Tuesday, September 23, 2014. Last Update: Tue 11:04 AM EST

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Articles by Curtis Brainard | Email the Author

EPA Ruling Sets an Ambitious Menu For the Press

As “triumphant” as Monday’s decision may be for environmentalists, for the press the story is just beginning.

On Monday, the Supreme Court ruled that the Environmental Protection Agency has the authority to regulate greenhouse gas emissions from... More

For ABC, Weather Equals Climate Change

ABCNews.com featured a poll Wednesday that was so egregiously nitwitted that it deserves comment.

We usually ignore inane network online news polls that ask readers to weigh in on current debates by clicking on... More

Scientific American’s Experiment in Wiki-Reporting

When the news of the oldest hominid fossil on record broke this fall, the magazine’s lineup was packed — so its editors tried an experiment they had been kicking around for months.

In September, a team of scientists, led by paleoanthropologist Zeresenay Alemseged, announced the results of a study on the 3.3-million-year-old... More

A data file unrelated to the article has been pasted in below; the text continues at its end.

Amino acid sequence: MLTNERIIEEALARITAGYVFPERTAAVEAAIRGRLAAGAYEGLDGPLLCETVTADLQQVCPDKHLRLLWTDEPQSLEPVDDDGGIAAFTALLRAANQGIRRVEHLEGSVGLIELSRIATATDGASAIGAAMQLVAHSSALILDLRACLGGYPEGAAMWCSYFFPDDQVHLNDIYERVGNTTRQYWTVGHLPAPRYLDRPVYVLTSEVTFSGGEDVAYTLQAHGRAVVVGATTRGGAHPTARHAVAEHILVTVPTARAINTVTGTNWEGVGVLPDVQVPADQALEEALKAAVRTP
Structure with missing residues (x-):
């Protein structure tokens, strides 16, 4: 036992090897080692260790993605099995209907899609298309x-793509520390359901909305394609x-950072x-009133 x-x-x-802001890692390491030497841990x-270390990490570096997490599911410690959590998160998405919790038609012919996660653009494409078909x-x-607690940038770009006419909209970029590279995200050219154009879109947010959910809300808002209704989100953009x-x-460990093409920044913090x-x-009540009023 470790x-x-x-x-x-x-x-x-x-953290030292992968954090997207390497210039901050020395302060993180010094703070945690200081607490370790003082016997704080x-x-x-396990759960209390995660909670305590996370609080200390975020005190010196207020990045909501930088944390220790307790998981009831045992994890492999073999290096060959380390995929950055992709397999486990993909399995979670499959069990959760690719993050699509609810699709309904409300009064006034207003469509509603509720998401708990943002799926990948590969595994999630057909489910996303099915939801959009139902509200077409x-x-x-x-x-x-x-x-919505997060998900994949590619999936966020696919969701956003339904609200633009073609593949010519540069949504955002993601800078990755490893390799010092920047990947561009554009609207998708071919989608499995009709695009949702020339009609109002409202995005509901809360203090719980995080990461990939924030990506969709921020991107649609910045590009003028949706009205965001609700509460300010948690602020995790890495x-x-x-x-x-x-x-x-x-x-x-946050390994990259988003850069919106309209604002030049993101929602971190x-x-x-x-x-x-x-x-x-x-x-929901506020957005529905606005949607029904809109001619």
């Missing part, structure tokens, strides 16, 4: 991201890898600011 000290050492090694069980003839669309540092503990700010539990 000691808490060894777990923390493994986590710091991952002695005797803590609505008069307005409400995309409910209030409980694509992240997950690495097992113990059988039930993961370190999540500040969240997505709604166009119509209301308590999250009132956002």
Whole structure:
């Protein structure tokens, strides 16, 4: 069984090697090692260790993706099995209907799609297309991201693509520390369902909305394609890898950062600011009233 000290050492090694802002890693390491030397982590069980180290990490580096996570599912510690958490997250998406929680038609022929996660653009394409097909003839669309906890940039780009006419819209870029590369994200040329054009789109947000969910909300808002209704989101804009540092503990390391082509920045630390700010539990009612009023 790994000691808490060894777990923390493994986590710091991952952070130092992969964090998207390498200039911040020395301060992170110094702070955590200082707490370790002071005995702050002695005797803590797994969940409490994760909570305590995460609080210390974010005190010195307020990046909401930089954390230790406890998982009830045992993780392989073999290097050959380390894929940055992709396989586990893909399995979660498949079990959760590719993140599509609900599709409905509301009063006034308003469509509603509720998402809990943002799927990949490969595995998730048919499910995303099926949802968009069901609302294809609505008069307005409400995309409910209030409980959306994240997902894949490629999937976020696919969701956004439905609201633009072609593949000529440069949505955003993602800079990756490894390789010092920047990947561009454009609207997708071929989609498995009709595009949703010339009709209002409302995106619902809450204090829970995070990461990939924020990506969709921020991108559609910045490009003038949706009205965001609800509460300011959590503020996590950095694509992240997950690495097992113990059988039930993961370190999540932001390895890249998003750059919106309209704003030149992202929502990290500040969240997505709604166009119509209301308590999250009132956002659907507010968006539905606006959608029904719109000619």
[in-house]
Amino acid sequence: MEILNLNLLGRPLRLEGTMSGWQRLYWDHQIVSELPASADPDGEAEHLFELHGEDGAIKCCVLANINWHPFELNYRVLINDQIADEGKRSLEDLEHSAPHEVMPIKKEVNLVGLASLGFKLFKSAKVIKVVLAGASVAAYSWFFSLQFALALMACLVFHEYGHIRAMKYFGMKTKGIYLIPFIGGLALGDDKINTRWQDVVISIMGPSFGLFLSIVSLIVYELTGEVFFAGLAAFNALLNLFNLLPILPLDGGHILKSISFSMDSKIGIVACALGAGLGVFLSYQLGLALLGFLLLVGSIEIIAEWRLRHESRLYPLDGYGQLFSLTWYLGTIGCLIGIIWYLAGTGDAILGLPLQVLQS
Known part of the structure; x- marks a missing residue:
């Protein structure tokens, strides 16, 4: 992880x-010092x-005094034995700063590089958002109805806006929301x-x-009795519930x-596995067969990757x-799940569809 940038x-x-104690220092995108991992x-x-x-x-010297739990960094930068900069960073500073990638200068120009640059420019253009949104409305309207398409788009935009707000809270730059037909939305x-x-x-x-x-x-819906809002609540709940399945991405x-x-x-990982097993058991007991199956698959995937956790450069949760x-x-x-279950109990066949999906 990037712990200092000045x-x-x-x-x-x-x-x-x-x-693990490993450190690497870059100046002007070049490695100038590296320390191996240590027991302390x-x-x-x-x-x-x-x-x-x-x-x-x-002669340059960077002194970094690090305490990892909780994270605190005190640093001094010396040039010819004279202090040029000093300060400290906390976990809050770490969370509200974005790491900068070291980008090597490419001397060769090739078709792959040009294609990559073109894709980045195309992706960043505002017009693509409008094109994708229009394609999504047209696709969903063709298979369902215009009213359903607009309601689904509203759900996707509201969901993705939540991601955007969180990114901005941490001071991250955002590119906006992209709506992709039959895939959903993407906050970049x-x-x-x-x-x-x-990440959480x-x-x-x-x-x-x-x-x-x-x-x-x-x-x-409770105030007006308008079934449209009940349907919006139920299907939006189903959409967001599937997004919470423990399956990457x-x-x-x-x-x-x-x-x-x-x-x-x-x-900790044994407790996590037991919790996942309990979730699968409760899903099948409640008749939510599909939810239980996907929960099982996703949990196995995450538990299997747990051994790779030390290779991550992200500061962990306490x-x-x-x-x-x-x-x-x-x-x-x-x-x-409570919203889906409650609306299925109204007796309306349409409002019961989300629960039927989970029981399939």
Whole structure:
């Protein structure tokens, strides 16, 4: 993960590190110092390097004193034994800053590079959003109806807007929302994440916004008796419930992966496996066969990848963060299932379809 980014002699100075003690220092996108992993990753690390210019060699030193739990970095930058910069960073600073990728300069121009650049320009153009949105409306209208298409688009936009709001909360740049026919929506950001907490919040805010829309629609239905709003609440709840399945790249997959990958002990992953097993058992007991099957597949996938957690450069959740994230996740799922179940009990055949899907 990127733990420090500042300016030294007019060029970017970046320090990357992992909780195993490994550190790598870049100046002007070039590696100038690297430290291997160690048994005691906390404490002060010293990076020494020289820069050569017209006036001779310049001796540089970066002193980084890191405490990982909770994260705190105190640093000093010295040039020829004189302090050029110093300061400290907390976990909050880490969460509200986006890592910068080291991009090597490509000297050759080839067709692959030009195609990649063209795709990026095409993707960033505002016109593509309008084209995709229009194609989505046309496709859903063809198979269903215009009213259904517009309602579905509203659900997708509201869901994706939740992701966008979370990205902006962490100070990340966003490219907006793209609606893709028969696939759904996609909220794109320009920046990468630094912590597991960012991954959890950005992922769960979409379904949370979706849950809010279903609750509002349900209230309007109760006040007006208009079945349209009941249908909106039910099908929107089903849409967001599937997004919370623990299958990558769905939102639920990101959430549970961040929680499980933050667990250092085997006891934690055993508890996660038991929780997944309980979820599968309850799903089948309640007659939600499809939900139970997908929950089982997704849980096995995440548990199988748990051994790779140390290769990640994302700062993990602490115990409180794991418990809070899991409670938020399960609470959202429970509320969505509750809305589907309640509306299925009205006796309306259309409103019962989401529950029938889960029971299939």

A Syndicated Column Preaches Beyond the Green Choir

Doug Moss, editor of E — The Environment Magazine, talks about how to present environmental and scientific issues to the public, and promoting his magazine.

"EarthTalk," a weekly, syndicated, Q&A-style column about the environment, might seem a little earthy-crunchy at first. Its publisher, E --... More

Murdoch Goes Green, and His Empire Follows

Rupert Murdoch, traditionally no friend to the science of climate change, has begun to change his tune, will NewsCorp?

It was like the sun rising in the west. For over a decade, Rupert Murdoch had disputed the science of... More

In the U.K., a Bang; In the U.S., Whimper

There are roughly 3,500 miles between Washington, D.C. and London. For journalists, those miles might as well be light years.

There are roughly 3,500 miles between Washington, D.C. and London -- for journalists, those miles might as well be light... More

Reporters Turn Ghostbusters for Halloween